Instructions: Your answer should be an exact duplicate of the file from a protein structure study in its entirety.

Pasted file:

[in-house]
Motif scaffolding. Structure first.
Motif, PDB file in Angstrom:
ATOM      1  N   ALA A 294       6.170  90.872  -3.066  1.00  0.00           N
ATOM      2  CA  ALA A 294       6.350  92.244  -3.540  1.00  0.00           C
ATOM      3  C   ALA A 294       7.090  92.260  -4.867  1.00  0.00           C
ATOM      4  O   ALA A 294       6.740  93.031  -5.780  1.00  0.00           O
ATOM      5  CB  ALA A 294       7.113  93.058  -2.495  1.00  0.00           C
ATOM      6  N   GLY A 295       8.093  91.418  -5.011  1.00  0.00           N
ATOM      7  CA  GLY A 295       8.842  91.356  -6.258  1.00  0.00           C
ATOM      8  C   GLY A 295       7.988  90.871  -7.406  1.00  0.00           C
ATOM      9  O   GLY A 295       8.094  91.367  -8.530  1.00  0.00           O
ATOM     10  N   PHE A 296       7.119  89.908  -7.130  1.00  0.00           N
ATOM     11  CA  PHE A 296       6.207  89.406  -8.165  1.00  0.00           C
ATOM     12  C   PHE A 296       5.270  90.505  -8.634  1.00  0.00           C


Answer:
[in-house]
Motif scaffolding. Structure first.
Motif, PDB file in Angstrom:
ATOM      1  N   ALA A 294       6.170  90.872  -3.066  1.00  0.00           N
ATOM      2  CA  ALA A 294       6.350  92.244  -3.540  1.00  0.00           C
ATOM      3  C   ALA A 294       7.090  92.260  -4.867  1.00  0.00           C
ATOM      4  O   ALA A 294       6.740  93.031  -5.780  1.00  0.00           O
ATOM      5  CB  ALA A 294       7.113  93.058  -2.495  1.00  0.00           C
ATOM      6  N   GLY A 295       8.093  91.418  -5.011  1.00  0.00           N
ATOM      7  CA  GLY A 295       8.842  91.356  -6.258  1.00  0.00           C
ATOM      8  C   GLY A 295       7.988  90.871  -7.406  1.00  0.00           C
ATOM      9  O   GLY A 295       8.094  91.367  -8.530  1.00  0.00           O
ATOM     10  N   PHE A 296       7.119  89.908  -7.130  1.00  0.00           N
ATOM     11  CA  PHE A 296       6.207  89.406  -8.165  1.00  0.00           C
ATOM     12  C   PHE A 296       5.270  90.505  -8.634  1.00  0.00           C